If you can work from home, you can work from another – lower tax – state
If workers do become more sensitive to state taxes as a result of Covid-19, it should give state policymakers pause for thought before hiking taxes further.
This letter appeared in The Forum, October 15th 2020
Comparing states is an American national pastime. On all sorts of measures, from sporting success to quality of life, we love to see how our state fares compared to others. State economic performance is one of the most popular comparisons. Fastest Gross Domestic Product growth, most new jobs, top investment destination, all these are among the measures by which state’s economic performances are ranked.
Very often, the different economic outcomes are attributed to different state economic policies. This isn’t always fair. There are factors other than policy which drive economic outcomes.
For example, North Dakota has led the nation in economic growth in recent years, with real GDP increasing by 40% between 2010 and 2018. But just two counties – McKenzie and Williams – account for 34% of that, and they are at the heart of the Bakken oil fields. Choosing to develop natural resources is an aspect of state policy—as Minnesota’s hesitance to develop its non-ferrous mining demonstrates—but the allocation of such resources is driven by geology, not policy. It wouldn’t, then, be fair to compare Minnesota’s economic performance—where real GDP grew by 17% between 2010 and 2018—with North Dakota’s and conclude that the latter’s relative success was wholly, or even largely, a result of superior state policy.
To assess the success of state economic policy more precisely, we want to exclude as many as possible of these non-policy factors that influence economic outcomes. In our new report, Minnesota’s Border Battles, we do this by comparing outcomes in neighboring counties in different states between 2010 and 2018.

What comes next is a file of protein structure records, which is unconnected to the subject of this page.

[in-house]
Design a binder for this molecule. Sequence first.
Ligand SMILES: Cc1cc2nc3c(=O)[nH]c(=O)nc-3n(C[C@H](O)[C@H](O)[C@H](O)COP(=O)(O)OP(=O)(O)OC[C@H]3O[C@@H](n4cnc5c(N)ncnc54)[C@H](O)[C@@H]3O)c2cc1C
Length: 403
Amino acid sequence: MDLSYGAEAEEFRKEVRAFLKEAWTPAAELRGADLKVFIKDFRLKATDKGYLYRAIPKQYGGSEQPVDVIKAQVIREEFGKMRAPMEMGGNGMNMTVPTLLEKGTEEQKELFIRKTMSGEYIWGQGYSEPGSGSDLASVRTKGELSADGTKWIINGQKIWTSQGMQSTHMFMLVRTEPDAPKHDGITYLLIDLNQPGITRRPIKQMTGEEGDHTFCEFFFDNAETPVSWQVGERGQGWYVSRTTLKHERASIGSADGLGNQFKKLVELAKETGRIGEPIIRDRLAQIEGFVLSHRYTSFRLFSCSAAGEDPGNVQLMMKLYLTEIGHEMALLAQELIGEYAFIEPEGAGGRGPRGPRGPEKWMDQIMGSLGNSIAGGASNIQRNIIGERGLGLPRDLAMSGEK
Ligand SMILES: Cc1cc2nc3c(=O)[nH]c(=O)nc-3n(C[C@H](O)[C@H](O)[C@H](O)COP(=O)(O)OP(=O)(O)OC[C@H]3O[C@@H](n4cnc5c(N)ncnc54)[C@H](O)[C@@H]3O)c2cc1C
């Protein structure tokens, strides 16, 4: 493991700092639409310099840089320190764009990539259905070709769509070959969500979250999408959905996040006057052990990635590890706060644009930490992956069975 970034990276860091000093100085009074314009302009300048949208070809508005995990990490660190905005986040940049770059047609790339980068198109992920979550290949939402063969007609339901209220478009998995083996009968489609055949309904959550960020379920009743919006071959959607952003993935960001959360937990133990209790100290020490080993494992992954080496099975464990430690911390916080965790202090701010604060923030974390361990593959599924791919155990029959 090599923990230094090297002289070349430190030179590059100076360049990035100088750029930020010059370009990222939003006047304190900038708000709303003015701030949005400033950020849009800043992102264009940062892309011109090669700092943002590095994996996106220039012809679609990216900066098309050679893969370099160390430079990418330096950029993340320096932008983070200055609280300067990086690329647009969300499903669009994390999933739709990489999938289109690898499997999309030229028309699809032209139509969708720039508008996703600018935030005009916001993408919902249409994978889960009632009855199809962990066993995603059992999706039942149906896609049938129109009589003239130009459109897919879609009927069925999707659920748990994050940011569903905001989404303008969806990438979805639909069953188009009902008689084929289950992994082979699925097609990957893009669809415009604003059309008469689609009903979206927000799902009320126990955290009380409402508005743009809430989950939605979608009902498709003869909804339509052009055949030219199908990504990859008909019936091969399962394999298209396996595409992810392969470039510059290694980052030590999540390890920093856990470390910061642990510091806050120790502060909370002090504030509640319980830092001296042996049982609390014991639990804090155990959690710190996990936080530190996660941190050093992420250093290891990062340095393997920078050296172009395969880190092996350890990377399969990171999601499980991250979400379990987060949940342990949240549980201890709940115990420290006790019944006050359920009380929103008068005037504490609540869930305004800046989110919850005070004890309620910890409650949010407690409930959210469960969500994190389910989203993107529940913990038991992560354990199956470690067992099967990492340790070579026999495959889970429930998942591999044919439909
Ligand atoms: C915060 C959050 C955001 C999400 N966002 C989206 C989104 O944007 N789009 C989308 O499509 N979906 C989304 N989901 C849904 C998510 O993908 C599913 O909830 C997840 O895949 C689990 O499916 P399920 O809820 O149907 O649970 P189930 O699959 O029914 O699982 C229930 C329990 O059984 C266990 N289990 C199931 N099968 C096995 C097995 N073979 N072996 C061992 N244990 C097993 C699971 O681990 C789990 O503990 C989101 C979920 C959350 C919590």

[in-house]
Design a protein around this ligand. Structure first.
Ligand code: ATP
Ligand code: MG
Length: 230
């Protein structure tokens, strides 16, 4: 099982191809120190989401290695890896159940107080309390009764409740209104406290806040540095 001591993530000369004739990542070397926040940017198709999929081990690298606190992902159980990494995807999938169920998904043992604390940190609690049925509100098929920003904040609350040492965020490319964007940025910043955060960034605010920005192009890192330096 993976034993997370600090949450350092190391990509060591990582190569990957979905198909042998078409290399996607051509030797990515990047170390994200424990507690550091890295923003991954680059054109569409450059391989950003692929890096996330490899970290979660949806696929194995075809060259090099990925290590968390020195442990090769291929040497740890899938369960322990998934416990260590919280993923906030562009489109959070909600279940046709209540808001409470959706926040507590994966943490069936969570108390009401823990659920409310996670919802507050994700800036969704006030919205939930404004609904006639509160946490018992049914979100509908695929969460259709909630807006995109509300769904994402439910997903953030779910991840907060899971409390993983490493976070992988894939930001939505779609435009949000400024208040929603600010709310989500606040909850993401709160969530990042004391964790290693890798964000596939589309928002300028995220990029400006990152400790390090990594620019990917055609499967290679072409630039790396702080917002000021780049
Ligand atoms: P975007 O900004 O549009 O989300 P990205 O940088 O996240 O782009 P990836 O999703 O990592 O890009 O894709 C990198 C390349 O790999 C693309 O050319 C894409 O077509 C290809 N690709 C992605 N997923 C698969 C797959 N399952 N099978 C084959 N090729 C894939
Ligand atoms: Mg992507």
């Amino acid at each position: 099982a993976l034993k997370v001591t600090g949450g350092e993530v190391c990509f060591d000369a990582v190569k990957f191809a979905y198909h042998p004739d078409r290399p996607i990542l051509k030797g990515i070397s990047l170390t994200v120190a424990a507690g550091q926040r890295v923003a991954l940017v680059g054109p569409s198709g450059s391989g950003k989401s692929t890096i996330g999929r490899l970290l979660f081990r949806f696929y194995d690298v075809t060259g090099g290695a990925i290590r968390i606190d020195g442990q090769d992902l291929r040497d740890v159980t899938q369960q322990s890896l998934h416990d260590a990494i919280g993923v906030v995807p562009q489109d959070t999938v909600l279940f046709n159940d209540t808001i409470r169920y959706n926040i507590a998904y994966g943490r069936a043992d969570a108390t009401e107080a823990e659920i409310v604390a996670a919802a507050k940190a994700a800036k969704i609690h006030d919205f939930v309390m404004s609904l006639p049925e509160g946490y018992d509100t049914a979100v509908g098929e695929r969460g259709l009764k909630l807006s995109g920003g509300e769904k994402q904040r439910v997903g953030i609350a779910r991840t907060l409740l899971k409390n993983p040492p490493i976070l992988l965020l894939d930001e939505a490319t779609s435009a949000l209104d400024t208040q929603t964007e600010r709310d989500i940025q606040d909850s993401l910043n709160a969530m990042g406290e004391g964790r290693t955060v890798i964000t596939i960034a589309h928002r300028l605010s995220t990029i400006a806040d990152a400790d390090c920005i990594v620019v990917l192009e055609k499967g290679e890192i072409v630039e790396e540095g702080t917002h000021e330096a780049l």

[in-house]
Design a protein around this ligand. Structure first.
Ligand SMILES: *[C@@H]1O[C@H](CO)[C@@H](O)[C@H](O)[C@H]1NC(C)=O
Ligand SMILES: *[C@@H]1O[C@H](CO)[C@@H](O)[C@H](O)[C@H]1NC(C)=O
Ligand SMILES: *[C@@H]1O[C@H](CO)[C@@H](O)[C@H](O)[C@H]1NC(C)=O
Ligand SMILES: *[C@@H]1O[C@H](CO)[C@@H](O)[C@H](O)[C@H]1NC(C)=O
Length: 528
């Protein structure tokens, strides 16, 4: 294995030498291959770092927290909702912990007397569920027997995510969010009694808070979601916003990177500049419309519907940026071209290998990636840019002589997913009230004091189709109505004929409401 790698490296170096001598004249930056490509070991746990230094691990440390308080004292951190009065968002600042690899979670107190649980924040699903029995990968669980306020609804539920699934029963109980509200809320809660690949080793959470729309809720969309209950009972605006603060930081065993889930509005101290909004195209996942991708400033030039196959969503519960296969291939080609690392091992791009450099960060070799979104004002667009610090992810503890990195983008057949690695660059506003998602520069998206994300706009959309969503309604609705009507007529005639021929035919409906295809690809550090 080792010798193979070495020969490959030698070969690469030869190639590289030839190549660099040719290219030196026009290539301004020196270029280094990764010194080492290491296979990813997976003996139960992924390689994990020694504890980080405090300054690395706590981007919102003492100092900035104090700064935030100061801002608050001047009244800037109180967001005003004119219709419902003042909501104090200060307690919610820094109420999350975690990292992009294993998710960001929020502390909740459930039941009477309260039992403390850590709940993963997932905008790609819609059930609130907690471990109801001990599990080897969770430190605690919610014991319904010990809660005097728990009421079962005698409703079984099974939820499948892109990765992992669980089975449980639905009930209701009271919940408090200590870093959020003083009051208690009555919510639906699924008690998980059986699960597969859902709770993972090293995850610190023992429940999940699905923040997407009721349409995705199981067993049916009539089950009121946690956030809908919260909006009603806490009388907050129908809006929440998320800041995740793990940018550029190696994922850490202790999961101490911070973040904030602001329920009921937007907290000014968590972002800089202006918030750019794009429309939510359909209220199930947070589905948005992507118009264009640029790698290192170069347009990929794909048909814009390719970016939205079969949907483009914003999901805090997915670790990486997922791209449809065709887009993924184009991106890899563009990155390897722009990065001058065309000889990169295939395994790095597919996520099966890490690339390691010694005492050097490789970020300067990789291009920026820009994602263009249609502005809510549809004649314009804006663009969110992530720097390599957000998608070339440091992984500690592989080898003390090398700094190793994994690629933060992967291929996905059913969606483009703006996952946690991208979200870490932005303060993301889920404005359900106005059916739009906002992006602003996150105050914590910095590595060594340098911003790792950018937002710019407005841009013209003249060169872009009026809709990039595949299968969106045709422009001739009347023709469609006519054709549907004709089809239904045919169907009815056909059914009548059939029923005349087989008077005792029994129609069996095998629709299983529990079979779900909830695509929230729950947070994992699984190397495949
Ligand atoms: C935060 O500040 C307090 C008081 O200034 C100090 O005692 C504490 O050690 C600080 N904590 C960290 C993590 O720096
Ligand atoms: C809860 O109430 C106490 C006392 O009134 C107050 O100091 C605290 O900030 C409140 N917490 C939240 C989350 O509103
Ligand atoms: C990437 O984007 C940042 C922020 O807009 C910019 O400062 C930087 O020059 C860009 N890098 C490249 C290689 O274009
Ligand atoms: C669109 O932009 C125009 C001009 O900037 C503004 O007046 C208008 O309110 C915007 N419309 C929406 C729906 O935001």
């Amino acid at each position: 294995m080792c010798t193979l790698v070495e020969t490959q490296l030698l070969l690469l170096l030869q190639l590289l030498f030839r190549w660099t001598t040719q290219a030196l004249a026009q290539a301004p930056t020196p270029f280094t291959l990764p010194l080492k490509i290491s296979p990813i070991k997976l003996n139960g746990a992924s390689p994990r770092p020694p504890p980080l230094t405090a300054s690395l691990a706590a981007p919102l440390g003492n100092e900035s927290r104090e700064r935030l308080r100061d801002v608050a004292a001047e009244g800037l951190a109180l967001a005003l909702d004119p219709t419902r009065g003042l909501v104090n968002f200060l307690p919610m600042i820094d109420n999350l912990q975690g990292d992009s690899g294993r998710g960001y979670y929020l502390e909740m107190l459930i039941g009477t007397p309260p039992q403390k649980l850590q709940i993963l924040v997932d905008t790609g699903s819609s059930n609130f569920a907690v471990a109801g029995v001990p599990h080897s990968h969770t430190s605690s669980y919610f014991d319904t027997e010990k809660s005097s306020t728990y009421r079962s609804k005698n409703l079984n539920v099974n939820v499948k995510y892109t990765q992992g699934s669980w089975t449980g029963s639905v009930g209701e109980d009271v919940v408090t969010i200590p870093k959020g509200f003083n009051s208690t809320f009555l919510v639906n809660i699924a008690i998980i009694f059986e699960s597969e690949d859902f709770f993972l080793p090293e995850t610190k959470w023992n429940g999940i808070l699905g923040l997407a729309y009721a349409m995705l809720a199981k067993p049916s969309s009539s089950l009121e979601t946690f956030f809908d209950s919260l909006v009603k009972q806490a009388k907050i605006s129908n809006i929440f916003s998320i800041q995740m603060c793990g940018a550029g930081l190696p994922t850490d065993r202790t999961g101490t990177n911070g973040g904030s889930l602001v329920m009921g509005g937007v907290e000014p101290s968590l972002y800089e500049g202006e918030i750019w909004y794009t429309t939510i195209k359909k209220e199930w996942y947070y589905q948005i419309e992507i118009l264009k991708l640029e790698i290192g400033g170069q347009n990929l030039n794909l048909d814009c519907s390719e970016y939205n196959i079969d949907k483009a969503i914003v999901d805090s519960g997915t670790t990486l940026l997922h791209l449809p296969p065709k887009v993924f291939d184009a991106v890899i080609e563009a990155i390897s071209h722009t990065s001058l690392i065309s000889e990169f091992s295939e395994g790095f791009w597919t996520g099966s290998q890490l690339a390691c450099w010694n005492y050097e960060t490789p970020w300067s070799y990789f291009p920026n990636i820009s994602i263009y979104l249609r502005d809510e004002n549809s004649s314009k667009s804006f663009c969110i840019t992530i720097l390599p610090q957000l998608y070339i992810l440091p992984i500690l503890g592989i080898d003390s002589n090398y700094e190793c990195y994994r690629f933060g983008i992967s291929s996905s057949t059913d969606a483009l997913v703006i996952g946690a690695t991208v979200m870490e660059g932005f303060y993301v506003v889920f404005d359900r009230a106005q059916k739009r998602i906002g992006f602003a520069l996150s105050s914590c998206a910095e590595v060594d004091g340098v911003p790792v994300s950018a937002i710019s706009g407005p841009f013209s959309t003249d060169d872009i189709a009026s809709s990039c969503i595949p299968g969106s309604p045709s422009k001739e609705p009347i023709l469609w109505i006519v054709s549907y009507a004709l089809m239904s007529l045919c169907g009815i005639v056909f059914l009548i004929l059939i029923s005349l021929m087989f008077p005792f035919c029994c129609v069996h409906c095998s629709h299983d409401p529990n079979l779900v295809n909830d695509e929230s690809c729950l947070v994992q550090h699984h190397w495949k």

Factors such as geography or demographics – which are little to do with policy but which the literature on economic growth says do influence outcomes – are likely to be fairly uniform between, say, one end of the Main Avenue bridge which connects Fargo with Moorhead and the other. Observed differences in economic outcomes between the two must be largely the result of local policy.
So how do the states compare? Empirical research consistently finds that high taxes have significant negative effects on economic growth. The Tax Foundation’s 2020 State Business Tax Climate Index ranks Minnesota 45th and North Dakota 16th, so we would expect to see slower growth on Minnesota’s side of the border.
And we do. In the North Dakota counties bordering Minnesota, population, businesses, jobs, personal income and wages all grew faster than in the Minnesota counties bordering North Dakota, and poverty fell faster. The only measures where the Minnesota counties won were on the age and education levels of their population. Minnesota also loses when compared to Iowa and South Dakota. Its only win comes along the Wisconsin border, and even that is with caveats.
These results suggest a strong effect of state economic policy on economic outcomes. They support the findings of the balance of empirical research which says that high taxes have significant negative effects on economic growth. North Dakota is benefiting from its policies. We hope that Minnesota will take note.
John Phelan is an economist at Center of the American Experiment.
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